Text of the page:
When students have responded to the question to the best of their abilities (tell students to raise their hand once they are finished), they will need to hand it up to the teacher.
Note: as this strategy is continued throughout the topic students are engaging in decorating of the poster will be left until the completion of the topic. Students will then be able to share their posters with the class, parents and the school community by having them pinned up on the classroom wall. Throughout this pre-test I will be looking for the students understanding and knowledge of ‘Earth’s place in space’, I want to see if students can explain their responses to me, and be able to demonstrate an understanding of ‘what orbits around what’ in their visual representations of their prior –knowledge gained from their earlier years of primary schooling.
Note:
Have students drawn an accurate diagram of the rotation of the earth, and moon, around the sun, can they explain what is happening?
Is what that have written correct?

I Using the pre-testing approach A year 5 class is participating in the first science lesson of a new topic. The topic the class will be learning about in this unit is ‘space’. The unit ‘Earth’s place in space’ will begin with students answering the following question ‘Show me what you know about how the sun, earth, and moon all move in relation to each other and how long? Exploration of Space! It is important for students to have knowledge and understanding of this particular topic for the following reasons;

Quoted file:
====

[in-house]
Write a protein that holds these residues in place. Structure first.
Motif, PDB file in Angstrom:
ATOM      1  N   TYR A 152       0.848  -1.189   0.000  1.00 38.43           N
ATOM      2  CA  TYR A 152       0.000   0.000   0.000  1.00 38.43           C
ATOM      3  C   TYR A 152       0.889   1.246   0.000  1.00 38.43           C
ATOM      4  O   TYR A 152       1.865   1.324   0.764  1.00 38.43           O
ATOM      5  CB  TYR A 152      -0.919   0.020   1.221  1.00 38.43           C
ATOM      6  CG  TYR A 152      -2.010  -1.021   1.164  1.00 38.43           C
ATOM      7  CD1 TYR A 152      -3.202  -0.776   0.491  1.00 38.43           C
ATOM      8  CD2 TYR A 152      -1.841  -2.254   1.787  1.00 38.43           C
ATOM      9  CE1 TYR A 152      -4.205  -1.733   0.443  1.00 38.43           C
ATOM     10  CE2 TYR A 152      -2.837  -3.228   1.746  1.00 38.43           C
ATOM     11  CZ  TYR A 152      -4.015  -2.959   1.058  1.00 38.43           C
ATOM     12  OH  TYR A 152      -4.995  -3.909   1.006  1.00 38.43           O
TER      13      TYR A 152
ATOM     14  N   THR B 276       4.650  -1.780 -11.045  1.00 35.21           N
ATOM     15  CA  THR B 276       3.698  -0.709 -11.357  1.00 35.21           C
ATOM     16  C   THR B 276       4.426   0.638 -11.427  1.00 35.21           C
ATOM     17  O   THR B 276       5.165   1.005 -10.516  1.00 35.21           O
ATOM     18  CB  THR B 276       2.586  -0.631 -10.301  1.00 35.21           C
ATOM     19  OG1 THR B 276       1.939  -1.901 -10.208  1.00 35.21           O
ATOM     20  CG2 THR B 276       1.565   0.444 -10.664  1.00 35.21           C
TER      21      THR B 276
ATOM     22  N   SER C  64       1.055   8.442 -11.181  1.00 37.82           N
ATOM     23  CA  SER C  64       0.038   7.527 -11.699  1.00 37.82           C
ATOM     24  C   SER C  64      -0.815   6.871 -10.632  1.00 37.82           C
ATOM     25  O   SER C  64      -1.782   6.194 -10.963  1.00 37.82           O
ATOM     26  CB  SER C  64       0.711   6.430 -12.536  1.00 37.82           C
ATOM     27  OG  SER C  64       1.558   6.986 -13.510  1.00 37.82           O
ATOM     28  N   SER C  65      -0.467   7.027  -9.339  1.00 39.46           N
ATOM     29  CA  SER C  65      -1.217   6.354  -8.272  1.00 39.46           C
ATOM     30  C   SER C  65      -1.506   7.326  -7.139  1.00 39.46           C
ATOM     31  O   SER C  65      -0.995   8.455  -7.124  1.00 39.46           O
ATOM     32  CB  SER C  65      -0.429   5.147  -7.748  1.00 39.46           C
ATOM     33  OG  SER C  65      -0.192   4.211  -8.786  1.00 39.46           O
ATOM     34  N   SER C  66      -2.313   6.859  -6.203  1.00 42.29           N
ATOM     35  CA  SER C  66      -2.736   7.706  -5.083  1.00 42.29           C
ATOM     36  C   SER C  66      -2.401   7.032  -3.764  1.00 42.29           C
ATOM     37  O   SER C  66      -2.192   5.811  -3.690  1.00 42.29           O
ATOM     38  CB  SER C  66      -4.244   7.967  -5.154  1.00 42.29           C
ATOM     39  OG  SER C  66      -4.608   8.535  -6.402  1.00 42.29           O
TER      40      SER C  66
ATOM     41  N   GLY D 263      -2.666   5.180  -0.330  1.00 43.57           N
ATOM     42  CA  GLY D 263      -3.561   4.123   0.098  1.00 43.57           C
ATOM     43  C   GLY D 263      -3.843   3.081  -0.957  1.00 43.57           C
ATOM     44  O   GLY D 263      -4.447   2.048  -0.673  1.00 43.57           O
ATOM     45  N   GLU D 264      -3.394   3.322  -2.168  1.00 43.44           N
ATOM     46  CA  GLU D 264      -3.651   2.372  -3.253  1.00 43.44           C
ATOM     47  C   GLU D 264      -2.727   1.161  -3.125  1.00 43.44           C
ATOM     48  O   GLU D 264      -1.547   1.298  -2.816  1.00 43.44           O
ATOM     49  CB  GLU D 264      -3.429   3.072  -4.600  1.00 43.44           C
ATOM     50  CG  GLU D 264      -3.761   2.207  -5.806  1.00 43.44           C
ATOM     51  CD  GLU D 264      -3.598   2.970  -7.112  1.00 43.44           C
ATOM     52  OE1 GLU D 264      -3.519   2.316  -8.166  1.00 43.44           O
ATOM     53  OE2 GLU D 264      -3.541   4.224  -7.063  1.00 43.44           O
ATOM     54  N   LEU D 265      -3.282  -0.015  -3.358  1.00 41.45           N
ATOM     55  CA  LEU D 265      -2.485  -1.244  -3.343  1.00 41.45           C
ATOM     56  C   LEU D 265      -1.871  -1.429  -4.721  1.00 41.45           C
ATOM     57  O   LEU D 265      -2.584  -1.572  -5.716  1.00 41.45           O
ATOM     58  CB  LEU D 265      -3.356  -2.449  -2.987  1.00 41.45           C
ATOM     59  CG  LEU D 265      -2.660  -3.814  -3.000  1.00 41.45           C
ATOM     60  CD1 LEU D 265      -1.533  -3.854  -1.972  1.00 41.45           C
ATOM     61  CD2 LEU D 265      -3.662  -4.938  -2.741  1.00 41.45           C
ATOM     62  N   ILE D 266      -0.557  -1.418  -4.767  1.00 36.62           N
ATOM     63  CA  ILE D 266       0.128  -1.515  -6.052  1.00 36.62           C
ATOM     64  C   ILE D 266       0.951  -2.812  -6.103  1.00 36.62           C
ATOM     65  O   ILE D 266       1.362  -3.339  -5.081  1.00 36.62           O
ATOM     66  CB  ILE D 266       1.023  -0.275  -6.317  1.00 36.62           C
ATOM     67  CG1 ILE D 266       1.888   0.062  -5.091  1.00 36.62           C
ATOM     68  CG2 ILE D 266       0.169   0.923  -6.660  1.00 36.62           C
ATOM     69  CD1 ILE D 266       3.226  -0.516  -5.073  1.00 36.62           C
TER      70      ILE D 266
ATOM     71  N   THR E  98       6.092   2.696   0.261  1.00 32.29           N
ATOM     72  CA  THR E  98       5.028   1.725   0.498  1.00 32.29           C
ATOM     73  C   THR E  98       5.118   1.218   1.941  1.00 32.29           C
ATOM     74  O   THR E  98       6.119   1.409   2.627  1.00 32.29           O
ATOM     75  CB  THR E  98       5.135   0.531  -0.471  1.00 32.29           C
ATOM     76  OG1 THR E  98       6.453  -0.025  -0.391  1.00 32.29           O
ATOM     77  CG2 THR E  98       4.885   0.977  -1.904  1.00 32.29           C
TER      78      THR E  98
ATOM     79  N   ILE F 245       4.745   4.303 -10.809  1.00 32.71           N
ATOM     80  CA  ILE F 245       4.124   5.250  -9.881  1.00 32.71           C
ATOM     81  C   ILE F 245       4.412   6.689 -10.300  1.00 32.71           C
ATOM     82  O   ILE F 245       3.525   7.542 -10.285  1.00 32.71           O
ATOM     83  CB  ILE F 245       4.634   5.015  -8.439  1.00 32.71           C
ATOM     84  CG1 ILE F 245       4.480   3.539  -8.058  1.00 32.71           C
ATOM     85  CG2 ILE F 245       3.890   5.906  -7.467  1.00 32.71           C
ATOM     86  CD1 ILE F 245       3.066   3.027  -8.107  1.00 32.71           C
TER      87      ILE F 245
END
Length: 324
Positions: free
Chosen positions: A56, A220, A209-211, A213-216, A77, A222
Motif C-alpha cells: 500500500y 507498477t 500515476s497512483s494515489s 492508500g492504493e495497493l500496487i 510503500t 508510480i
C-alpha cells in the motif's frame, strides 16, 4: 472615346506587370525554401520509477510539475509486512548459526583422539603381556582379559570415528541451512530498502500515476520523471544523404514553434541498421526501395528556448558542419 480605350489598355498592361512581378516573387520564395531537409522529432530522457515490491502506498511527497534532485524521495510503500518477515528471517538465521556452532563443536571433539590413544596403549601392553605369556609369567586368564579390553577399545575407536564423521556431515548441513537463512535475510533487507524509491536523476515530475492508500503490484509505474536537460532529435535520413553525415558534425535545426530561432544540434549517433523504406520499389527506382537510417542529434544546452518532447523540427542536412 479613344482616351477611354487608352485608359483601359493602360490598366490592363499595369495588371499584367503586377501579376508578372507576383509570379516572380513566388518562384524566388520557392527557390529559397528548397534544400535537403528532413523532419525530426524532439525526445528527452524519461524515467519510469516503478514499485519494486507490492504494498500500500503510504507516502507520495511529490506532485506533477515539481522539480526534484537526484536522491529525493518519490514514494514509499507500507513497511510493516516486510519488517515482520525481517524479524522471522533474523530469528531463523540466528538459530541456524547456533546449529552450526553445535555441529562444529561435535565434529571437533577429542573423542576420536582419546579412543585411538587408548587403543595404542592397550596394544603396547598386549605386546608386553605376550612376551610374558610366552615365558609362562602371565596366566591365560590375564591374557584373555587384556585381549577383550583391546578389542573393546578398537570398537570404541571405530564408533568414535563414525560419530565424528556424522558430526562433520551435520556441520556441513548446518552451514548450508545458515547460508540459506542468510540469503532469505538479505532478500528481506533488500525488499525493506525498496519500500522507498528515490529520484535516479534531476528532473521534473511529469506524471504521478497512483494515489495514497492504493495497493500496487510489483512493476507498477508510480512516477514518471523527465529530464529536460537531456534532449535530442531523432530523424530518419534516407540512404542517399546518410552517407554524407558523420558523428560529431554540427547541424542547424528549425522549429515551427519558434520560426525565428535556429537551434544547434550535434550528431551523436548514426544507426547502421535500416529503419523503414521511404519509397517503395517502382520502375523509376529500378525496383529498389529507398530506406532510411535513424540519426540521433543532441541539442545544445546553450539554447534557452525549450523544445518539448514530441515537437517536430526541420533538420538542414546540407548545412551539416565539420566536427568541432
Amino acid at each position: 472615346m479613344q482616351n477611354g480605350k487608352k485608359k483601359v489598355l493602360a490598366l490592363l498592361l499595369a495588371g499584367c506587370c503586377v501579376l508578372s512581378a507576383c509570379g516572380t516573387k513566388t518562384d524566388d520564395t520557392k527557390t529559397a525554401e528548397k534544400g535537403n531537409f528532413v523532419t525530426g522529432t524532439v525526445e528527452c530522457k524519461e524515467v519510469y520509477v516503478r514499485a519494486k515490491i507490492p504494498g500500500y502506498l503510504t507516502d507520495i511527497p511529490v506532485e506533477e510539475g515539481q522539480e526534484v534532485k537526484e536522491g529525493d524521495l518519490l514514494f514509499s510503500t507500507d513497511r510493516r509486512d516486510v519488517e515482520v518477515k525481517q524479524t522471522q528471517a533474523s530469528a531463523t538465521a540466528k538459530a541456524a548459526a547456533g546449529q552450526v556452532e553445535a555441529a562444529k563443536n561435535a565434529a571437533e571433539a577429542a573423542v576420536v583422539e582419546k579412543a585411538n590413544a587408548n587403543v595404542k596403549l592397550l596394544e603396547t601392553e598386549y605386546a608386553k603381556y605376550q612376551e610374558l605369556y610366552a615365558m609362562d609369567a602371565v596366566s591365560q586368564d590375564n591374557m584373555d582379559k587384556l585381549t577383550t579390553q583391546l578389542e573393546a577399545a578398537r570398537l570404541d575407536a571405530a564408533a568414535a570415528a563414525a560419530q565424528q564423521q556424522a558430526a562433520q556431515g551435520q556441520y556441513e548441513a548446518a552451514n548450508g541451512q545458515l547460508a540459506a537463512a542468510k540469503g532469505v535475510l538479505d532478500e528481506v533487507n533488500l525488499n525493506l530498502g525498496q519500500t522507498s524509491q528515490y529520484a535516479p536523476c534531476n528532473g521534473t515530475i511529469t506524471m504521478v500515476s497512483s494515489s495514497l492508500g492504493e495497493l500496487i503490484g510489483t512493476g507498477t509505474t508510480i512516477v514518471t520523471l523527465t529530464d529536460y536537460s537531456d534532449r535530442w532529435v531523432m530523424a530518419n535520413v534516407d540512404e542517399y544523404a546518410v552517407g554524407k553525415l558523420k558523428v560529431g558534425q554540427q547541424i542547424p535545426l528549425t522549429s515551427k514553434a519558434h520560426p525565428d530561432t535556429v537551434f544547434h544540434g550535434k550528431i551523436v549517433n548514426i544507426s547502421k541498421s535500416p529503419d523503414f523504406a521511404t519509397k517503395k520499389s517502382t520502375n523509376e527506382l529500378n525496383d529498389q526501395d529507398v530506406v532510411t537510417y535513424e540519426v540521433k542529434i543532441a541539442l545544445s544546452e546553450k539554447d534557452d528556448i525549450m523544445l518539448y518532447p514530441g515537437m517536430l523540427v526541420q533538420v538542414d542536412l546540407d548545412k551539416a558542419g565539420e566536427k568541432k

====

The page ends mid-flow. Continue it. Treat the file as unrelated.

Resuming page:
•This topic is not only relevant in the science curriculum, but across the curriculum in other subjects such as history e.g. the sun was used to tell time in and in religion e.g.

•It helps us to make sense and control of our world, and that beyond

•Albert Einstein said ‘the most beautiful experience we can have is the mysterious’, we want children to be motivated to learn, we do not know everything about what is beyond our planet and therefore may help to spark curiosity and wonder because students want to know more. It allows for further exploration and discovery.

•Students are able to become active participates

• Have knowledge and understanding of things beyond what they see in everyday experiences

•Students will learn what is beyond earth and how they can affect our planet

•Scientist Richard Feynman explained our planet by saying; ‘We whirl around the sun. That is more romantic, more exciting.... This universe has been described by many, but it just goes on, with its edge as unknown as the bottom of the bottomless sea of the older idea, just as mysterious, just as awe-inspiring, and just as incomplete as the poetic pictures that came before’.

•Students will adopt the idea that there are always new things to be discovered

•Students will understand time, how we have day and night Why is learning about